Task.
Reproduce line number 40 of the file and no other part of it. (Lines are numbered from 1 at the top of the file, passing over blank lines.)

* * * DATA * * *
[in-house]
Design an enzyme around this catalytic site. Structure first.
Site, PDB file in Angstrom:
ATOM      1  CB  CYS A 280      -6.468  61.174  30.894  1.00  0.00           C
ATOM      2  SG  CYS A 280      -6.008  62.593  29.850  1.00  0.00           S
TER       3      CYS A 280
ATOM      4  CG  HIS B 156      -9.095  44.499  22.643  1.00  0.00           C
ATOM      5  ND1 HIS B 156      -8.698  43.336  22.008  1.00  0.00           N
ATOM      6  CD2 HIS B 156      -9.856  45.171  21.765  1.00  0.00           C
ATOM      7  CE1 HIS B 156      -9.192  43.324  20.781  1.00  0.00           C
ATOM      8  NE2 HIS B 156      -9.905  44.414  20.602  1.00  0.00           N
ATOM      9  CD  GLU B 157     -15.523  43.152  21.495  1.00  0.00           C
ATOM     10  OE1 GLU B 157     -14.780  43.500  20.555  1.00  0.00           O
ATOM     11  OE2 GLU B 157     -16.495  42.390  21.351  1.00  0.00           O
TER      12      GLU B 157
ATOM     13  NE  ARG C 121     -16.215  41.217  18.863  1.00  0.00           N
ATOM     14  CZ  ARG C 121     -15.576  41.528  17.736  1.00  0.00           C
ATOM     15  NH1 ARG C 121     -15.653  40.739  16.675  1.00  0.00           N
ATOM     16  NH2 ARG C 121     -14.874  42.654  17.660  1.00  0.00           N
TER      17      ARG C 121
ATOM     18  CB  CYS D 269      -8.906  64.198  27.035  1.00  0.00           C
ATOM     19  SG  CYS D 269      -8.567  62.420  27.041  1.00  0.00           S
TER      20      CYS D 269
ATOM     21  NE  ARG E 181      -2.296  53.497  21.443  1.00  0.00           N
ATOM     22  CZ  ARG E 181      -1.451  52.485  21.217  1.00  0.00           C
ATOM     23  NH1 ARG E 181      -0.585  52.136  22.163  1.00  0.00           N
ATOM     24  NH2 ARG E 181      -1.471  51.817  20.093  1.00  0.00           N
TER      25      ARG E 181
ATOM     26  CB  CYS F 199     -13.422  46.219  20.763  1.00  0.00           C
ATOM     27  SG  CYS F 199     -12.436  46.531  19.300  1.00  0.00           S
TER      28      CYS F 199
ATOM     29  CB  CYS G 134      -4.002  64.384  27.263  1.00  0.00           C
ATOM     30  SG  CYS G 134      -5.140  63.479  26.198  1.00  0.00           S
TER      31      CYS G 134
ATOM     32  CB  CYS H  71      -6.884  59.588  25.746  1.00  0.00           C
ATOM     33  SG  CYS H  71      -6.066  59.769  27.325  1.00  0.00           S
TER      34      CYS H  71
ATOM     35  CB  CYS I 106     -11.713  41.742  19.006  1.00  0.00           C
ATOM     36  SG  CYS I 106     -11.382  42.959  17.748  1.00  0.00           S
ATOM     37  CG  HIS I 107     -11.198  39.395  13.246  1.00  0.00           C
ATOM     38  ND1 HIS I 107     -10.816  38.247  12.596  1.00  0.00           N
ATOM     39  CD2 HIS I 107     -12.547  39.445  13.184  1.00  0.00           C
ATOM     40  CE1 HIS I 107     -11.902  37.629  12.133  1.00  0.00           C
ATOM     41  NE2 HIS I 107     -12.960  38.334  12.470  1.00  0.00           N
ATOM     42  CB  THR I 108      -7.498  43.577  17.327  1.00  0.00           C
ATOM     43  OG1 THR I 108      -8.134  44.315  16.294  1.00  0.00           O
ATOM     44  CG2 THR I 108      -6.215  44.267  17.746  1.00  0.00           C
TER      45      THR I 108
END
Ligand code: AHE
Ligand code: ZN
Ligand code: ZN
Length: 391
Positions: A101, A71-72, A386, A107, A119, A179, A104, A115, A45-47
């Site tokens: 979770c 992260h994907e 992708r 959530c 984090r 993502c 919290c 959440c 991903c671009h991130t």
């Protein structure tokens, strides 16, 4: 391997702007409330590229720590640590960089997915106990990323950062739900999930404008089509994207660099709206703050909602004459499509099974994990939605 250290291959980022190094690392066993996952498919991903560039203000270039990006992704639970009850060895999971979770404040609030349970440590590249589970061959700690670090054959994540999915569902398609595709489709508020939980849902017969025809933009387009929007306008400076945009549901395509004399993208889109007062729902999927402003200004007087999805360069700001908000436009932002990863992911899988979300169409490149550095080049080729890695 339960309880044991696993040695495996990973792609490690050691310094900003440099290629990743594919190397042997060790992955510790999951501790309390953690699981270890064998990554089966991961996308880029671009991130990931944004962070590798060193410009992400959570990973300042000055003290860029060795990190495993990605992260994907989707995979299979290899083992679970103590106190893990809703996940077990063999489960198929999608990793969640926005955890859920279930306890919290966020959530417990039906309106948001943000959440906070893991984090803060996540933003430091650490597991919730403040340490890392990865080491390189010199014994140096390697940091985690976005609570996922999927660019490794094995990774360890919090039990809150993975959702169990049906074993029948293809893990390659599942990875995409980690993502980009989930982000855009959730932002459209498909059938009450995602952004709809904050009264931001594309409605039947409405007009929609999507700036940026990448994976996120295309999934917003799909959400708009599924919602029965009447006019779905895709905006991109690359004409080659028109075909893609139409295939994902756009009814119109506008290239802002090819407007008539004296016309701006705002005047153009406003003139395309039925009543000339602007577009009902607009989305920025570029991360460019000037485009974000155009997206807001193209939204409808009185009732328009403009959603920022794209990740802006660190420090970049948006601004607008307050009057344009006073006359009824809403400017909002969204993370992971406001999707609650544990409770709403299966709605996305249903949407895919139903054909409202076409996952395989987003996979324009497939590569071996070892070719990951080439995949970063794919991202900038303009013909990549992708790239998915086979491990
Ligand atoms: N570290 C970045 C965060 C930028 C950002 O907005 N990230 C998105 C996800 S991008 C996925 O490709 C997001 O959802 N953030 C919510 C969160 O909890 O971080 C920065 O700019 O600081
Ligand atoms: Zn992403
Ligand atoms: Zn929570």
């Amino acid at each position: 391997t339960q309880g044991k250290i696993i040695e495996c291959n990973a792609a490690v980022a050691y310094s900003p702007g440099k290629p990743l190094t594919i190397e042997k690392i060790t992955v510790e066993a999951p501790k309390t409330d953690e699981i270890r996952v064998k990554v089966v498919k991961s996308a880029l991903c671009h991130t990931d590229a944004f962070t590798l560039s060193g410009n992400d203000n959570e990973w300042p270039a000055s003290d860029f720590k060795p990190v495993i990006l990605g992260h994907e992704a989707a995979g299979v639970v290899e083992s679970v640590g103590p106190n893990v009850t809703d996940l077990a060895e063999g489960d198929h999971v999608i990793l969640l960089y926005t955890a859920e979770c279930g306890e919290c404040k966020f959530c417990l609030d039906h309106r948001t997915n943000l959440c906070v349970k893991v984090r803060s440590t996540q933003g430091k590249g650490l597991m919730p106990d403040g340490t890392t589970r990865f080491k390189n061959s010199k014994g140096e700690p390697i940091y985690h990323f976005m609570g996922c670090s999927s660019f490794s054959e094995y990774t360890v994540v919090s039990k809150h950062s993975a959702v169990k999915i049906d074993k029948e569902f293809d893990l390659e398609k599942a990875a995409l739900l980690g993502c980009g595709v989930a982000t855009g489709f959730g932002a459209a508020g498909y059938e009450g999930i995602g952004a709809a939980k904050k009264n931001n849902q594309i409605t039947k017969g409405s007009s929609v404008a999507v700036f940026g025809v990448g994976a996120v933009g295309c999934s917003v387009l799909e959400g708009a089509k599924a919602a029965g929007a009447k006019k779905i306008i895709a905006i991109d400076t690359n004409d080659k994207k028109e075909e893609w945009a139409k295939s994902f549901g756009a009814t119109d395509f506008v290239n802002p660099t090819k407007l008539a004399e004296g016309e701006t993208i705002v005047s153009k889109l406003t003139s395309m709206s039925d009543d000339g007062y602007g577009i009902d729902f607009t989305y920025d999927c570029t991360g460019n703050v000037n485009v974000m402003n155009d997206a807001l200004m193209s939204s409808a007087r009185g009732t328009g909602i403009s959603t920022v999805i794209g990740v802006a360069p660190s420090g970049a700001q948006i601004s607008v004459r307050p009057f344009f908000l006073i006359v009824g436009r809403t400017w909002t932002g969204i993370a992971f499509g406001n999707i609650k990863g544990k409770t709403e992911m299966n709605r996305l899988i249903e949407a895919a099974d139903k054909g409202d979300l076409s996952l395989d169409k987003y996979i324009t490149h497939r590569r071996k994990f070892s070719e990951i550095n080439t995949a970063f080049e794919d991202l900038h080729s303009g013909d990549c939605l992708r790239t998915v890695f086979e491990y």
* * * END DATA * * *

ATOM     37  CG  HIS I 107     -11.198  39.395  13.246  1.00  0.00           C